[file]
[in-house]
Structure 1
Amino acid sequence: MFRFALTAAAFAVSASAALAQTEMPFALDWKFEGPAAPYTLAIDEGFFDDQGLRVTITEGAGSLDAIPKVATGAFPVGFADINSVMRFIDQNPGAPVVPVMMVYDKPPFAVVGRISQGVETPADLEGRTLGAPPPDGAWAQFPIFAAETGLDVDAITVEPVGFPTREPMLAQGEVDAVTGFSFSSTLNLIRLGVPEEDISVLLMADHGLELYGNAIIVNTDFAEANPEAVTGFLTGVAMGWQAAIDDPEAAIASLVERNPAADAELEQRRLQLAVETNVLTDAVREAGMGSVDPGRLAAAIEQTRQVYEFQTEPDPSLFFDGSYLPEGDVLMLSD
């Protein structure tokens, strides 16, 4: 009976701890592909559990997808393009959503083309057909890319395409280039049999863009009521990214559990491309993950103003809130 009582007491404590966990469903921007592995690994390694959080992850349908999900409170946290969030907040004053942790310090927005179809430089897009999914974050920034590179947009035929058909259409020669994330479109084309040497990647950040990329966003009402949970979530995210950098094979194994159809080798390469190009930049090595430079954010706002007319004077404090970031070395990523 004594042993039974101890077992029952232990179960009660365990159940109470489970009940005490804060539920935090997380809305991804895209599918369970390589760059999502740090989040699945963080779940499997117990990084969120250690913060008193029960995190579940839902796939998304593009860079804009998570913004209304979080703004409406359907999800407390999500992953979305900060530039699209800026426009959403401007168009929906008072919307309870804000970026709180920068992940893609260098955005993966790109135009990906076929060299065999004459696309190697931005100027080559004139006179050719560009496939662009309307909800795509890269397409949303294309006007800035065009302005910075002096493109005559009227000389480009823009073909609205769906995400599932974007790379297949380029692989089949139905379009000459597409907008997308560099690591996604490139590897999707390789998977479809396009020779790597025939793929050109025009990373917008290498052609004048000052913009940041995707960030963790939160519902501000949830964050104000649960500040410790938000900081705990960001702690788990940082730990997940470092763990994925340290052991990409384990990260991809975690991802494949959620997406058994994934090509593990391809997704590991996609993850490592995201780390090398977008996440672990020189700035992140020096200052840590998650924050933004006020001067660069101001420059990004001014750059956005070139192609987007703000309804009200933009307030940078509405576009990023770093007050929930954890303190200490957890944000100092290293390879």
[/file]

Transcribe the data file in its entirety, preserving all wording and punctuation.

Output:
[in-house]
Structure 1
Amino acid sequence: MFRFALTAAAFAVSASAALAQTEMPFALDWKFEGPAAPYTLAIDEGFFDDQGLRVTITEGAGSLDAIPKVATGAFPVGFADINSVMRFIDQNPGAPVVPVMMVYDKPPFAVVGRISQGVETPADLEGRTLGAPPPDGAWAQFPIFAAETGLDVDAITVEPVGFPTREPMLAQGEVDAVTGFSFSSTLNLIRLGVPEEDISVLLMADHGLELYGNAIIVNTDFAEANPEAVTGFLTGVAMGWQAAIDDPEAAIASLVERNPAADAELEQRRLQLAVETNVLTDAVREAGMGSVDPGRLAAAIEQTRQVYEFQTEPDPSLFFDGSYLPEGDVLMLSD
């Protein structure tokens, strides 16, 4: 009976701890592909559990997808393009959503083309057909890319395409280039049999863009009521990214559990491309993950103003809130 009582007491404590966990469903921007592995690994390694959080992850349908999900409170946290969030907040004053942790310090927005179809430089897009999914974050920034590179947009035929058909259409020669994330479109084309040497990647950040990329966003009402949970979530995210950098094979194994159809080798390469190009930049090595430079954010706002007319004077404090970031070395990523 004594042993039974101890077992029952232990179960009660365990159940109470489970009940005490804060539920935090997380809305991804895209599918369970390589760059999502740090989040699945963080779940499997117990990084969120250690913060008193029960995190579940839902796939998304593009860079804009998570913004209304979080703004409406359907999800407390999500992953979305900060530039699209800026426009959403401007168009929906008072919307309870804000970026709180920068992940893609260098955005993966790109135009990906076929060299065999004459696309190697931005100027080559004139006179050719560009496939662009309307909800795509890269397409949303294309006007800035065009302005910075002096493109005559009227000389480009823009073909609205769906995400599932974007790379297949380029692989089949139905379009000459597409907008997308560099690591996604490139590897999707390789998977479809396009020779790597025939793929050109025009990373917008290498052609004048000052913009940041995707960030963790939160519902501000949830964050104000649960500040410790938000900081705990960001702690788990940082730990997940470092763990994925340290052991990409384990990260991809975690991802494949959620997406058994994934090509593990391809997704590991996609993850490592995201780390090398977008996440672990020189700035992140020096200052840590998650924050933004006020001067660069101001420059990004001014750059956005070139192609987007703000309804009200933009307030940078509405576009990023770093007050929930954890303190200490957890944000100092290293390879």